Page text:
Hardcore punk bands have generally been known for their aggressive sound and straightforward musical approach. Like most genres, hardcore has also experienced evolution throughout the course of its existence. Bands such as Black Flag and Minor Threat kick-started the movement in the early 1980s by playing punk rock at faster tempos, while later bands, such as Cro-Mags, revitalized the movement by adding heavy breakdowns and an overall “tough guy” attitude into the sound. The 1990s saw further expansion on the genre’s sound as bands began to adopt more of a “metallic” tone to their riffs. Essentially, hardcore experienced a linear progression as each wave of bands became increasingly more aggressive than the previous, and in the 2000’s the underground music world gave us The Acacia Strain, a band that completely reinvented the genre’s sound.  At the time, no other hardcore act matched the aggression and sheer brutality of these east coast juggernauts, so let’s take some time to revisit their early years.

“…And Life Is Very Long” (2002)

The Acacia Strain’s debut is an odd affair. Not in a sense that it’s bad, but more in the fact that it sounds almost nothing like the rest of their discography. Many of the songs have death metal inspired guitar work, jazz style drumming, and melodic instrumental sections. It’s also interesting to note that Vincent Bennett utilized a more varied vocal approach at this time. Within each song it was common to hear him alternate between gutturals, high-pitched screams, and spoken word vocals. While their debut doesn’t exactly showcase the sound that people would eventually associate with The Acacia Strain, it’s still a very heavy album! “…And Life Is Very Long” is unique because it demonstrates a sort of frantic aggression that was never replicated again by the band. The whole album is a bizarre experience of time signature changes, breakdowns, and pinch harmonics, but it’s still worth checking out!

“3750” (2004)

The second album by The Acacia Strain marked a pretty significant stylistic change. Most of the weird experimental aspects from their debut were absent on “3750”, and instead replaced by cohesive song structures and down-tuned riffing. And did I mention how heavy this album is? Seriously, it absolutely destroys everything in its path like a musical steamroller!  Most of the tracks are mid to slow tempo and packed with thick guitarwork that alternates between traditional punk-styled chord progressions and sludgy breakdowns. Bennett began to predominately use his trademark guttural hardcore vocals on this album as well. In reality, this was the first Acacia Strain album that actually sounded like an Acacia Strain album. With that said, some of the characteristics of their debut appeared on this album, such as the Gothenburg riffs in “Brown Noise” and the ultra-melodic intro of “Smoke Ya Later”. In my opinion, “3750” is the heaviest hardcore album of the early 2000’s, and quite possibly one of the heaviest ever released.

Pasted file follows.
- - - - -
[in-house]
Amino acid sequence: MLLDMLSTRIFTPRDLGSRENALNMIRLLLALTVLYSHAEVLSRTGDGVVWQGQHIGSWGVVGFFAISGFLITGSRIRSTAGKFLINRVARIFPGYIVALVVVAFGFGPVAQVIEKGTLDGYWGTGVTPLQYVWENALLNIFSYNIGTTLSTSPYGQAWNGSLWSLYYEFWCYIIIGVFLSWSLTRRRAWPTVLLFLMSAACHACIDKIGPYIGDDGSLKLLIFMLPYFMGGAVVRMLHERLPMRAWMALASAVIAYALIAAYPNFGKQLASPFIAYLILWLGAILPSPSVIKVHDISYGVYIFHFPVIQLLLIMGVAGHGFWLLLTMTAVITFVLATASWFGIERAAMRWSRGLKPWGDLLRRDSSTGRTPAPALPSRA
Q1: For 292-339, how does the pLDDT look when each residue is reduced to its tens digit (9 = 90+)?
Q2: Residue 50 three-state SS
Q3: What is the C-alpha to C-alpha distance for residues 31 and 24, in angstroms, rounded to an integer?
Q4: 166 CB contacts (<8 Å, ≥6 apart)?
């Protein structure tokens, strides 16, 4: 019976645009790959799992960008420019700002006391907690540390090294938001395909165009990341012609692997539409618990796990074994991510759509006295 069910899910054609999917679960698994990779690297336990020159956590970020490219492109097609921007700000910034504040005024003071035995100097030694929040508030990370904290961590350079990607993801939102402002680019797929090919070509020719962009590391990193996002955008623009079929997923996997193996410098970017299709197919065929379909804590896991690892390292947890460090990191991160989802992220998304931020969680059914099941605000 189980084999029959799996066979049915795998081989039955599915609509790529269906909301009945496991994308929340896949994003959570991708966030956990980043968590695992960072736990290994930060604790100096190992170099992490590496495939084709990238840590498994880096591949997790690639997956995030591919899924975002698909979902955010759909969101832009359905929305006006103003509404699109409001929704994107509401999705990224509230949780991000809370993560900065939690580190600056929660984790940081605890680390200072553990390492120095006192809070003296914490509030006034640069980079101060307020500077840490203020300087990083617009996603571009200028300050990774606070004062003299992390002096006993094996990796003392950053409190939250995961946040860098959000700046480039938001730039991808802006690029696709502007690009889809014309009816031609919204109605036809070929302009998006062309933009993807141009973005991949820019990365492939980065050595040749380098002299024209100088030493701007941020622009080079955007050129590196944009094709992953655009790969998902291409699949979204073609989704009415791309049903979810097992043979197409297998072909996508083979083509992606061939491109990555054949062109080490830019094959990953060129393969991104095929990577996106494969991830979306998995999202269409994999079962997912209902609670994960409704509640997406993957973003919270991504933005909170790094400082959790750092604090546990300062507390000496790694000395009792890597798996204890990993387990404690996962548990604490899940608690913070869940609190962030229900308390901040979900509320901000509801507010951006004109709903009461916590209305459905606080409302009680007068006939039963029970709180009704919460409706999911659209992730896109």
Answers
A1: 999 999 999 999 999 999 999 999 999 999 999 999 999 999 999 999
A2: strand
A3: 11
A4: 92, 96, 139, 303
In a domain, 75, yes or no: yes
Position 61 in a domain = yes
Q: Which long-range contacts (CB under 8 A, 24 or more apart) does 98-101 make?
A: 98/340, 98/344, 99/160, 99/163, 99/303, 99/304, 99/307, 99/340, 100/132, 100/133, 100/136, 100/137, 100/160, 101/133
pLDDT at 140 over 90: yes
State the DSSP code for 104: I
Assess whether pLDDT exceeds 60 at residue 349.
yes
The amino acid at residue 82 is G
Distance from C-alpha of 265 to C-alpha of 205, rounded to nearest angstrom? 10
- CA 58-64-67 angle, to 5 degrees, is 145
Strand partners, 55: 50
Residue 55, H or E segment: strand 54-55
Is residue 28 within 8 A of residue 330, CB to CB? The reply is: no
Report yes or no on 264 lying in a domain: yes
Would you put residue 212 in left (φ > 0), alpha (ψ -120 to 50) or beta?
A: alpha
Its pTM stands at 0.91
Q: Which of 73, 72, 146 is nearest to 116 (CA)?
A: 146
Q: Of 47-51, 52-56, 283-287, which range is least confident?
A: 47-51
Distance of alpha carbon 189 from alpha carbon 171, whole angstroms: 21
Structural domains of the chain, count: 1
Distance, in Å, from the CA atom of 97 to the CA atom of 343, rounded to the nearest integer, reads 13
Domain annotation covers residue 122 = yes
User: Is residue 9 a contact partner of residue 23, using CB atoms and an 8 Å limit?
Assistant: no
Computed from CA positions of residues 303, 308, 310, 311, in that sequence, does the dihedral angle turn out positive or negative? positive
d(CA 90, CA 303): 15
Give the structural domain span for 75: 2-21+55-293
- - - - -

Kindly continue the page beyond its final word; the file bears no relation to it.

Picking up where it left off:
“The Dead Walk” (2006)

I would consider “The Dead Walk” to be the quintessential album within The Acacia Strain’s discography. While not as heavy as its predecessor, “The Dead Walk” takes all of the best traits from their first two efforts, removes the filler, and executes each song with flawless precision. The Gothenburg riffs, melodic passages, and sound clips were all left out on this release and instead replaced with a constant barrage of metallic hardcore shredding. This album is so persistently aggressive that a complete spin through the disc is bound to leave the listener afflicted with whiplash. This was also the first album where Daniel “DL” Laskiewicz’s guitar tone reached that perfect combination of sounding eerily dark and super pissed-off (“See You Next Tuesday” exemplifies this). Vocally, Vincent Bennett performs with such ferocity and clarity that, for the first time in their discography, the listener can both hear and feel each disturbing lyric in these songs. And the lyrics are perhaps the greatest part of this album! On “The Dead Walk” Bennett found a unique way to express incredibly nihilistic themes in sort of a tongue-and-cheek way (just for fun, I’m going to post the lyrics that I found to be the most hilariously fucked up at the end of this article).  “The Dead Walk” is such a good album and a perfect example of modern hardcore done the right way!

As promised, here are the most hilariously fucked up lyrics on The Acacia Strain’s “The Dead Walk” album.


“If I were you I’d pack my bags and get the fuck out of the Dodge.”

“I pray your broken family heals your broken neck. Eat shit and live.”

As If Set Afire

“The rocking chair stopped because she fell off and broke her neck.”

“I heard her, but I didn’t care. One less mouth to feed, one less complaint.”

Whoa! Shut It Down!

“Do the world a favor; pull your bottom lip over your face and swallow. I don’t mean any

disrespect, but I hope you are buried alive.”

See You Next Tuesday

“And you won’t be able to see me because you’ll be bleeding from the eyes. The

thought of your genitals makes me sick; I bet you could fit five cocks up that ass.”

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